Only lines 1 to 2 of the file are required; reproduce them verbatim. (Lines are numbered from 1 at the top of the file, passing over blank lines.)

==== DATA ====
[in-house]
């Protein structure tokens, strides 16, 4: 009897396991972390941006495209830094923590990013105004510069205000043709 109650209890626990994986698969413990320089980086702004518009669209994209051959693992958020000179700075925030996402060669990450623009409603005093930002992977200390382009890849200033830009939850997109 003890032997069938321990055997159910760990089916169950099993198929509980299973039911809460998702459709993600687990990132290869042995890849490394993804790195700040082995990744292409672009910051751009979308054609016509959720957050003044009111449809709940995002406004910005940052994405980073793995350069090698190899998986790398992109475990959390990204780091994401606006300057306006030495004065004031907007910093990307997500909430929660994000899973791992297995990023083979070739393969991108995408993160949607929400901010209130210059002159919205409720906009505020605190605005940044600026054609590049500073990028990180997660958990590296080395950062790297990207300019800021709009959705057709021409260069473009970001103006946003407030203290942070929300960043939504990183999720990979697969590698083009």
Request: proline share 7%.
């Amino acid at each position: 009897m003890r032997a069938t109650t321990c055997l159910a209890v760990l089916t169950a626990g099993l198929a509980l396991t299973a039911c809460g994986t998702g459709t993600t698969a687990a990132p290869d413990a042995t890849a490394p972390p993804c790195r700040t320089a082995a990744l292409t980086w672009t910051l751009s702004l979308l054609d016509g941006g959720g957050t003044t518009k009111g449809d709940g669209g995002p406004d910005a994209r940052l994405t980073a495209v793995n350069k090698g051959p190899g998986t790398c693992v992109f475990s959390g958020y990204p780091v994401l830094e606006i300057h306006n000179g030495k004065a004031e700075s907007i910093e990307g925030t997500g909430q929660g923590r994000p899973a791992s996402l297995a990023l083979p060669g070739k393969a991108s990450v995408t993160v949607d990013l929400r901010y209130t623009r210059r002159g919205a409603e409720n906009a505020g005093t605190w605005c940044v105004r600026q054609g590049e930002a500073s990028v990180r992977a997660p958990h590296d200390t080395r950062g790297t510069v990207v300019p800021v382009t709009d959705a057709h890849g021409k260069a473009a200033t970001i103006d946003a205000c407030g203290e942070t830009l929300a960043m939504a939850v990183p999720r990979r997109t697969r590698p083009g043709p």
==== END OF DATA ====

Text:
[in-house]
């Protein structure tokens, strides 16, 4: 009897396991972390941006495209830094923590990013105004510069205000043709 109650209890626990994986698969413990320089980086702004518009669209994209051959693992958020000179700075925030996402060669990450623009409603005093930002992977200390382009890849200033830009939850997109 003890032997069938321990055997159910760990089916169950099993198929509980299973039911809460998702459709993600687990990132290869042995890849490394993804790195700040082995990744292409672009910051751009979308054609016509959720957050003044009111449809709940995002406004910005940052994405980073793995350069090698190899998986790398992109475990959390990204780091994401606006300057306006030495004065004031907007910093990307997500909430929660994000899973791992297995990023083979070739393969991108995408993160949607929400901010209130210059002159919205409720906009505020605190605005940044600026054609590049500073990028990180997660958990590296080395950062790297990207300019800021709009959705057709021409260069473009970001103006946003407030203290942070929300960043939504990183999720990979697969590698083009």